For some critics all trade deals are the same and should be opposed as a point of principle. Professor Jane Kelsey disappointingly writes that way, most recently of the Comprehensive and Progressive Agreement for Trans-Pacific Partnership.

Kelsey's position is hard to understand. This coalition Government made clear that it would seek a fairer deal for New Zealanders than the TPP, and has worked hard to negotiate changes to the agreement that address the concerns New Zealanders raised.

The new CPTPP agreement retains all of the market access improvements from TPP that will benefit New Zealand firms large and small. We have 620,000 New Zealand jobs depending on exports and this new agreement sustains those jobs, not least across our regions.

We have done away with the TPP's 20-year extension to New Zealand's copyright term, put an end to the imposition by TPP of additional costs for our medicine-buying agency Pharmac and removed limitations on our flexibility to change our intellectual property laws.


Importantly, the new agreement also narrows the scope for investors to successfully sue the New Zealand Government.

Kelsey suggests "investor-state dispute settlement (ISDS) is unchanged from the original text" of the agreement. "It's only some peripheral enforcement options that have been suspended," she continues. That is not correct.

To be specific, the scope of the former TPP investment chapter has been narrowed. This means under CPTPP claims are no longer permitted in relation to investment contracts and approvals. As a result, private companies that enter into an investment contract with the Government will not be able to use ISDS clauses under CPTPP if there is a dispute about that contract.

The re-confirmation of the Treaty-status side letter with Australia effectively carves out 80 per cent of CPTPP investors from being able to use ISDS against the Government. That further reduces the risks to the Government of being successfully sued. And negotiations are ongoing to secure more such side letters with several other CPTPP countries.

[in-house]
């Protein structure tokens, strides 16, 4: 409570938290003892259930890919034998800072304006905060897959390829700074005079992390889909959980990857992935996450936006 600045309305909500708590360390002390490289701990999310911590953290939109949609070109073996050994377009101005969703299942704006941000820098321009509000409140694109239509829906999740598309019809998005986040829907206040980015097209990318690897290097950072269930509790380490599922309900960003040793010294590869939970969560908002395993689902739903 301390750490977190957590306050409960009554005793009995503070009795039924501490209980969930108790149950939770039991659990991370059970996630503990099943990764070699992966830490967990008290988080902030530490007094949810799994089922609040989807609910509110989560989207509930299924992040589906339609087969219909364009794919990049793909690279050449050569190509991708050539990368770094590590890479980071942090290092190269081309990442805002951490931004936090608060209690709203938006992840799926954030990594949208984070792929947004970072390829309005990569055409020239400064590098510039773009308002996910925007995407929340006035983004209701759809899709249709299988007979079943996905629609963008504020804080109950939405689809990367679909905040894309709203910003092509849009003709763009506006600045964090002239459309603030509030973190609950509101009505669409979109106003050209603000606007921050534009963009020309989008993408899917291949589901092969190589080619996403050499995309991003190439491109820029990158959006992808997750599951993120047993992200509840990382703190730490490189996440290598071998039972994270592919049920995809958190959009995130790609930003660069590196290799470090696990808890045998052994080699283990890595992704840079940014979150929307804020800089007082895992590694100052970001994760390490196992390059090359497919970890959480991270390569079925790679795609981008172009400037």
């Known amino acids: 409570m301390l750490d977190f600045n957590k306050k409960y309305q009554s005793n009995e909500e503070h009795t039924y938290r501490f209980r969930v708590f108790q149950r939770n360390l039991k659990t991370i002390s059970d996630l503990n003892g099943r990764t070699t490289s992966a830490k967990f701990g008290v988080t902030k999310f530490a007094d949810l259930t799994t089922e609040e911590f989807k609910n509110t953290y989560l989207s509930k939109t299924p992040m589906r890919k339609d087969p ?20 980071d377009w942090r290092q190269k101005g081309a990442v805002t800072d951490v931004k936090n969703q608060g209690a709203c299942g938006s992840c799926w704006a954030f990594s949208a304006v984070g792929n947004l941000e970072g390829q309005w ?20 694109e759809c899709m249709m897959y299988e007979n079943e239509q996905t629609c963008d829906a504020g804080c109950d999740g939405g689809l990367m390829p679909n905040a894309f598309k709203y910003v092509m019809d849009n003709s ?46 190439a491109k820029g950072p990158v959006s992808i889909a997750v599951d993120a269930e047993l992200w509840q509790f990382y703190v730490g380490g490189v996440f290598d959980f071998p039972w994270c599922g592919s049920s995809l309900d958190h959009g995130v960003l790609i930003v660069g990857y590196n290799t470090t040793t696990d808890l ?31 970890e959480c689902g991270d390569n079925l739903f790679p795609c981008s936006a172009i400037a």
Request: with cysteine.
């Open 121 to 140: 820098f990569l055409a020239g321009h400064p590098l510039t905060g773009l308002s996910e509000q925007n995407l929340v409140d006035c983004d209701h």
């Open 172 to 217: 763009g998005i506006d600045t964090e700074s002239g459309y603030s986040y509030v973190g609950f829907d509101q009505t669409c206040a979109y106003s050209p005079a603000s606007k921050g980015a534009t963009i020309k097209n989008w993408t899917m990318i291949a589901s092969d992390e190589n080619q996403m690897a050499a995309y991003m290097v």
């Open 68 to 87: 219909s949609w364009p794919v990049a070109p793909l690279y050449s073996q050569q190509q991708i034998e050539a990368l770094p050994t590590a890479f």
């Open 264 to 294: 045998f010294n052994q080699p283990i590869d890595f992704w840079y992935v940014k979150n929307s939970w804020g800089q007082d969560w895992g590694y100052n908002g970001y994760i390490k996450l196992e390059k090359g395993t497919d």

This Government understands the need to protect the New Zealand way of life. The changes negotiated in the agreement mean the Government will not face the same level of risk of being successfully sued by an investor in the Comprehensive and Progressive TPP as it did under the old agreement.

Furthermore, decisions made under the Overseas Investment Act are not subject to investor-state dispute resolution. Contrary to the previous Government's demand for New Zealanders to put international trade before domestic concerns, New Zealanders should not, and do not, need to fight for their right to control who owns our land and homes.

And this coalition Government has made it clear that it will not support ISDS in future free trade agreements.

While the CPTPP has become fairer, it has also preserved all of New Zealand's market access gains from the TPP. Estimates suggest these will ultimately be worth $222 million per year.

To take just one example of many, when the deal enters into force New Zealand kiwifruit sent to Japan will be tariff free. That will preserve the industry's competitiveness with a levelled playing field in a key market, including helping to sustain the thousands of New Zealanders employed in that sector across regional New Zealand.

To be very specific, the industry has estimated that the CPTPP will save it $26m per year. That matters.

Finally, the deal is also notable for its emphasis on fair trade among its partners. It is the first agreement New Zealand has ever secured which includes legally enforceable labour and environment standards. It will also be a world-first for including a prohibition on subsidies that encourage illegal fishing and subsidies to fishing in overfished stocks.

Again, that matters, not least in the Pacific where subsidised fishing fleets destroy a collapsing fish stock, harming not only New Zealand livelihoods but Pacific ones as well.

Our goal is transparency. Officials are currently travelling around the country speaking to diverse audiences — Māori, health professionals, unions, business groups and the general public — taking questions and feedback about the CPTPP. Unlike the past Government, this Government is committed to actually listening to what the country has to say.

New Zealand is pressing its CPTPP partners to release the text of the agreement as soon as possible. A national interest analysis will also be released before the agreement is signed.

In short, the CPTPP is a fairer, better deal for New Zealand than the former TPP.

• Winston Peters is Deputy Prime Minister and Minister for Foreign Affairs.